Simply the West

We are promised an “epic tale of love, loyalty and logistics” and, with varying degrees of each, that is what we get. Telling the story of a girl in East Berlin whose father is in West Berlin, theatre company Cosmic Biscuit uses puppets, silly dancing, fake beards and kazoo solos effectively over the course of the short show.

However, it is the ending that is most in need of development: it is far too abrupt. The play moves from a silly, laugh-filled fare to a vaguely tragic close within the space of about thirty seconds.

The group excels the most through their ensemble rapport. Their physicality, whether it be ridiculous dancing or more conventional physical theatre, is strong. Use of puppeting and elaborate facial expressions to convey the central character are also well conceived and executed. The ensemble show excellent audience interaction, picking out audience members to take part in the narrative itself. This audience interaction allows for some lovely individual moments within the overall narrative of the play, particularly at one moment involving a German barmaid, ridiculous faces and a wig made of out j-cloths.

Whilst the play is enjoyable, it is underdeveloped and allows for criticism to creep in. Some of the minor storylines – incorporating a Russian ballet dancer and an award-winning musician – feel as though they have simply been tacked on and could have been developed further. Some of the storylines don’t make sense within the general tone that the show is going for: for example the appearance of a vaguely offensive German accent. However, it is the ending that is most in need of development: it is far too abrupt. The play moves from a silly, laugh-filled fare to a vaguely tragic close within the space of about thirty seconds; it feels as if the company just wasn’t quite sure how best to end the play.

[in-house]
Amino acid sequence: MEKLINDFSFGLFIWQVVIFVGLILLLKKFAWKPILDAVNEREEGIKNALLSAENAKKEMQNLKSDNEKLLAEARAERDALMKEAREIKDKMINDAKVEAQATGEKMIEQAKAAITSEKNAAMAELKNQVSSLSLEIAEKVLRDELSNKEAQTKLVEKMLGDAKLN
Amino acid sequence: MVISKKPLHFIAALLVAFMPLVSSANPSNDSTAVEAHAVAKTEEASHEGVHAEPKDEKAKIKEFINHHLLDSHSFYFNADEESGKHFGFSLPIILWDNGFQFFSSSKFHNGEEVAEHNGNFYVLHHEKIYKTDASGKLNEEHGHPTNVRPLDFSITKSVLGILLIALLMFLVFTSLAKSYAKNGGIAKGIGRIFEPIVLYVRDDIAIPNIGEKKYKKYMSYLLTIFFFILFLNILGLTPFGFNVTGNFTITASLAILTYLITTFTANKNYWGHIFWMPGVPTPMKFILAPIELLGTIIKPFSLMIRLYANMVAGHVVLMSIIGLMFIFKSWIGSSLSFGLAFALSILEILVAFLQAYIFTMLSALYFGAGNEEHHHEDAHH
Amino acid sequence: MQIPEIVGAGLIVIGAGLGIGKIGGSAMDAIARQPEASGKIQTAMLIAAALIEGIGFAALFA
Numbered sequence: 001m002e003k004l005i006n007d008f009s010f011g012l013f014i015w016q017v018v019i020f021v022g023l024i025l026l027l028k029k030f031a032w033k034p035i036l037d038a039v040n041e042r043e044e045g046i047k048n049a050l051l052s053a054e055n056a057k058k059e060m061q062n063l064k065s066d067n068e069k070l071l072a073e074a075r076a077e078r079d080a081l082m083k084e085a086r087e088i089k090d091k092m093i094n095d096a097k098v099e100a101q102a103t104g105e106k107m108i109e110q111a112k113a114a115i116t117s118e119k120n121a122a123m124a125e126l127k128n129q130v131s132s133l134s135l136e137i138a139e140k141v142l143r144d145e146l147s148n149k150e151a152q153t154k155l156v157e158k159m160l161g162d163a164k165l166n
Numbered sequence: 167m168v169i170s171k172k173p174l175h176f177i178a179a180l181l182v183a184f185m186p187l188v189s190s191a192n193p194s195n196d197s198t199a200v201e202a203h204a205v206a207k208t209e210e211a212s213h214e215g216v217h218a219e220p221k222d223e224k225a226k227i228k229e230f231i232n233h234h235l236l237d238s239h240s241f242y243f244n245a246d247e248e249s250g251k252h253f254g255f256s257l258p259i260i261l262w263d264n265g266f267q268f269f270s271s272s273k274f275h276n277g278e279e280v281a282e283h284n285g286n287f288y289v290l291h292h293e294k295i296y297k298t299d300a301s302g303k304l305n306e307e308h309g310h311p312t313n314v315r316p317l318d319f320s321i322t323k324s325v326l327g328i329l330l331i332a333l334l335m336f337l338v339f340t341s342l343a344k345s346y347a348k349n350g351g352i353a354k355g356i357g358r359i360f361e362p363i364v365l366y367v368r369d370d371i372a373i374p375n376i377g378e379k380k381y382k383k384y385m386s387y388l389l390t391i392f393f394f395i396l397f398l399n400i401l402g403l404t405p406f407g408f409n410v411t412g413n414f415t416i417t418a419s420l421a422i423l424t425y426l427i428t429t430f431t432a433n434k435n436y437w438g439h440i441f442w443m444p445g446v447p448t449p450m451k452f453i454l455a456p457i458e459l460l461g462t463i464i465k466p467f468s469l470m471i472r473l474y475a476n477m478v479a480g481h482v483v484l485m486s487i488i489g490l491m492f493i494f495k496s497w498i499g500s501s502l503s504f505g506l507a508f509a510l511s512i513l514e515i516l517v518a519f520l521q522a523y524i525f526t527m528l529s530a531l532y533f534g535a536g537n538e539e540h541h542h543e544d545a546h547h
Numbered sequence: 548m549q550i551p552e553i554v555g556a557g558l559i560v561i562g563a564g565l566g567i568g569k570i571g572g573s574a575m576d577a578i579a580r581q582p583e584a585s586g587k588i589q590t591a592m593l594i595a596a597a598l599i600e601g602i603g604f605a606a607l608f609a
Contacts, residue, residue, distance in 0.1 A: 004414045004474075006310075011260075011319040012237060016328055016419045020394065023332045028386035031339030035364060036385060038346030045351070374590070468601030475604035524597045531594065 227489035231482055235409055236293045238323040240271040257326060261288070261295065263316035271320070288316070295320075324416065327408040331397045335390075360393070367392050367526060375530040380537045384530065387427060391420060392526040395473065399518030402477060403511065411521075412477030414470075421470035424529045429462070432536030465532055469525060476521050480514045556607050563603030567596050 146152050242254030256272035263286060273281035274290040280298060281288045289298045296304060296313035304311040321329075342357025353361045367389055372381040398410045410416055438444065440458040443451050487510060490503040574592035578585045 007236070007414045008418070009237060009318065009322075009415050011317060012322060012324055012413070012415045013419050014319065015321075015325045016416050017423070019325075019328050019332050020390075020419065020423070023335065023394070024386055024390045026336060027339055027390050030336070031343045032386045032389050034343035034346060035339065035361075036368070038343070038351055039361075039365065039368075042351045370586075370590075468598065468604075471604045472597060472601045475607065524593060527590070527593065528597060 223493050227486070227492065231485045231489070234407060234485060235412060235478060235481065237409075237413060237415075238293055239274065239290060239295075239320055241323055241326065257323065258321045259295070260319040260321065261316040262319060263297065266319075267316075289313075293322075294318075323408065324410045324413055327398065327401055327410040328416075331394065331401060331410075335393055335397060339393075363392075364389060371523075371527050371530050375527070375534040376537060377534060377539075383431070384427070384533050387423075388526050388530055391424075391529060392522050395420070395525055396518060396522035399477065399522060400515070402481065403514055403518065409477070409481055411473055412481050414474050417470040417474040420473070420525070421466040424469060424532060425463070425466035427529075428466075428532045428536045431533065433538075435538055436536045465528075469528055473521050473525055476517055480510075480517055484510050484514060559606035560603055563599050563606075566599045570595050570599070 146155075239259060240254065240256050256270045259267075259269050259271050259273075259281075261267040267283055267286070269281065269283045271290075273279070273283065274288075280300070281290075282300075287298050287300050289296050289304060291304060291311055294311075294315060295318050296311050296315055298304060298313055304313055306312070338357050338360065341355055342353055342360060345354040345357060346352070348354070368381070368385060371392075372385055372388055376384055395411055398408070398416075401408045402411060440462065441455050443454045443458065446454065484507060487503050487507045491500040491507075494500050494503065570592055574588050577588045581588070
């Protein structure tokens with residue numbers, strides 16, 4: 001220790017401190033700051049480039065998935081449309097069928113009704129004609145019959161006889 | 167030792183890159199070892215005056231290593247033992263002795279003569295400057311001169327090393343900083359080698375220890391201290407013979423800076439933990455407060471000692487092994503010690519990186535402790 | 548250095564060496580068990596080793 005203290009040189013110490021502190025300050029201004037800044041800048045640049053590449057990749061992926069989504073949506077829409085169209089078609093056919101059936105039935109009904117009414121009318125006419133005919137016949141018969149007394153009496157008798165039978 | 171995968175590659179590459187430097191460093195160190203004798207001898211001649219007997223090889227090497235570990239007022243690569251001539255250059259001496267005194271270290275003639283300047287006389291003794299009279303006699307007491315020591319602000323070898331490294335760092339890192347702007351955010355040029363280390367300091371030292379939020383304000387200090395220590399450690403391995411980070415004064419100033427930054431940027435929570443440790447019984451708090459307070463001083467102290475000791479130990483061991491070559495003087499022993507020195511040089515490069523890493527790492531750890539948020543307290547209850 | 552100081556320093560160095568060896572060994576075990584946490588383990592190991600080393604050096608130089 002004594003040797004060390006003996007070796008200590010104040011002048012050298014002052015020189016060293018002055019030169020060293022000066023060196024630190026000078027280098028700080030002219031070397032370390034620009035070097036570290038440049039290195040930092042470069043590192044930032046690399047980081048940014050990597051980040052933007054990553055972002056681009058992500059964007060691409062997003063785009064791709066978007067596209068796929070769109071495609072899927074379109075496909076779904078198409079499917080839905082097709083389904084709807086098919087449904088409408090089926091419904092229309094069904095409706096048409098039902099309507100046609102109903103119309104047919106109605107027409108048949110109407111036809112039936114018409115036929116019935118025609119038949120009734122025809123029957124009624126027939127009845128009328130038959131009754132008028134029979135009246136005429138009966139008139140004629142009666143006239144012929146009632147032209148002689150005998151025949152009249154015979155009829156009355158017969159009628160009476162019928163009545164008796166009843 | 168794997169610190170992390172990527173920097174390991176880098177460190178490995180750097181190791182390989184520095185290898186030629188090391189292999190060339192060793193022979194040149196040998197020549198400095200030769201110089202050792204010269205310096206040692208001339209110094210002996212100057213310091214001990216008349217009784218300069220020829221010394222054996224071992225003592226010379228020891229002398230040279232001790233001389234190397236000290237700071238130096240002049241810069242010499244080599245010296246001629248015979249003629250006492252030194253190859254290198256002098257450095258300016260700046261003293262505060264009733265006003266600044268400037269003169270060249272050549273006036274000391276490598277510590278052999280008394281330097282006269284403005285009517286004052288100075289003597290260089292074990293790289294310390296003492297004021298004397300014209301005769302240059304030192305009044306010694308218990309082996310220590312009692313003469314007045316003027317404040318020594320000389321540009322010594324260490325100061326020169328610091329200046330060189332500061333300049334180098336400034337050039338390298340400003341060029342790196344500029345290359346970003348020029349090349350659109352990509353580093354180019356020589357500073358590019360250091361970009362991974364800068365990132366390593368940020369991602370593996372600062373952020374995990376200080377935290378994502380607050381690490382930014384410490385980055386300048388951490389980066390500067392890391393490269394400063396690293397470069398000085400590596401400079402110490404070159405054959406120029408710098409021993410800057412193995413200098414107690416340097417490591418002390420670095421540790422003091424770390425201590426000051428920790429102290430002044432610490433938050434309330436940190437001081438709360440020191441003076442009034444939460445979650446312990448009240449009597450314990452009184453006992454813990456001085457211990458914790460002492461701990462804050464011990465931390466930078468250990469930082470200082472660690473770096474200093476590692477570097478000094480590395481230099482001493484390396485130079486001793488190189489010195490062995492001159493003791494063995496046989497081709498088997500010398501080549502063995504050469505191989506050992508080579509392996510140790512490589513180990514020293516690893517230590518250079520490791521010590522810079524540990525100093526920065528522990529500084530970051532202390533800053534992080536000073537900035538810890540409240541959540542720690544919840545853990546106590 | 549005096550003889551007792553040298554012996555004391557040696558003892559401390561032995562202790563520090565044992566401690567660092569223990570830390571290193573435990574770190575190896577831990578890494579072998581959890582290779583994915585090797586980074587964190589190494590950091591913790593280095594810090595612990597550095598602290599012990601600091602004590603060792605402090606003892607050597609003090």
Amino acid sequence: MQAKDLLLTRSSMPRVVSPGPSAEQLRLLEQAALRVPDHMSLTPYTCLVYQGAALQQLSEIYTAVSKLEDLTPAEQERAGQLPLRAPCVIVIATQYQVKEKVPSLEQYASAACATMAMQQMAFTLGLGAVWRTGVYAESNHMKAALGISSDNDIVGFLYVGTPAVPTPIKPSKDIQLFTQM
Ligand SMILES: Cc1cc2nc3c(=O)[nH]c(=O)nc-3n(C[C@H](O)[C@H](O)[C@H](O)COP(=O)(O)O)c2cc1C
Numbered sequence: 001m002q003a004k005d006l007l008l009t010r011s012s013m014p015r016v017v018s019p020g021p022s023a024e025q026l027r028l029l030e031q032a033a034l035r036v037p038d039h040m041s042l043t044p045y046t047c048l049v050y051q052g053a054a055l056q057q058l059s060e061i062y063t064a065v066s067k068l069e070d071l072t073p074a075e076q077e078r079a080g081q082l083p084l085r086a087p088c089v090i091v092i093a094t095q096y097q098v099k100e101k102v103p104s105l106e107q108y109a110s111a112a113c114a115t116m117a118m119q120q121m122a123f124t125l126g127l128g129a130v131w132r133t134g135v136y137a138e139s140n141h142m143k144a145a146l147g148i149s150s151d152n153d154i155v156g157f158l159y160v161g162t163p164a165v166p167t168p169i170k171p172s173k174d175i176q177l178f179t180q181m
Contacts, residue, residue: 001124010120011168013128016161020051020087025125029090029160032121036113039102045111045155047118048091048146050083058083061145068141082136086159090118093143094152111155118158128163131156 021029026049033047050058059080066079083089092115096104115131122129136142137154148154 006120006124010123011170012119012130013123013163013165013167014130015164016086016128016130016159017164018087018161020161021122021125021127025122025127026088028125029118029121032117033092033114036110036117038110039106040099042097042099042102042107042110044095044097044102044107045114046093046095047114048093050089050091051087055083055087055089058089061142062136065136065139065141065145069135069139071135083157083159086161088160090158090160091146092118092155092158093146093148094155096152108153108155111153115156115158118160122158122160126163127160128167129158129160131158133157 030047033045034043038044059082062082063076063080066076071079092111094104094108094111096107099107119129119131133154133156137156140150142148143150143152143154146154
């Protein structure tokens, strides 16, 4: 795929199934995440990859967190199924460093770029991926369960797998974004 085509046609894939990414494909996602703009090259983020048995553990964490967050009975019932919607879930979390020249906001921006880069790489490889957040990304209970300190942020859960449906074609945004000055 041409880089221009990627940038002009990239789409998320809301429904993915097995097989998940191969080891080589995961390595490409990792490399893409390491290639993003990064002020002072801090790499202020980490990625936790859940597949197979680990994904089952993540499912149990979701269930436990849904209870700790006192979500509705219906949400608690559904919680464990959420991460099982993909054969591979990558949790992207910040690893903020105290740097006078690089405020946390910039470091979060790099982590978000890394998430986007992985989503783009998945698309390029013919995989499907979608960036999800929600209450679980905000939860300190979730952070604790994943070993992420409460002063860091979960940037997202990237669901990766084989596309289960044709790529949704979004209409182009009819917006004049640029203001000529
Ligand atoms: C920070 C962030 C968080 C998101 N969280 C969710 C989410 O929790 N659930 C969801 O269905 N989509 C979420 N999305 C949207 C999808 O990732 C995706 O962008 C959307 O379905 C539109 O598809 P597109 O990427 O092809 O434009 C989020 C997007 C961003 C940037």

In spite of the ending, Simply the West is a good show that offers some lovely moments. The ensemble work well alongside one another, with a lovely rapport between them throughout. With more time spent developing the play, it could become a standout show.  

Reviews by Joanna Bowman

Summerhall

I Gave Him an Orchid

★★★
Summerhall

Gods Are Fallen And All Safety Gone

★★★★
Traverse Theatre

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★★★★
Traverse Theatre

Our Ladies of Perpetual Succour

★★★★

Performances

Location

The Blurb

It's 1971 and we join the Ferter family, living in East Berlin. Alex dreams of one day meeting her father, unfortunately something massive is in the way; The Berlin Wall. Through clown, puppetry and narration, Cosmic Biscuit Theatre will tell you this epic story. Be prepared for laughter, tears and funny beards.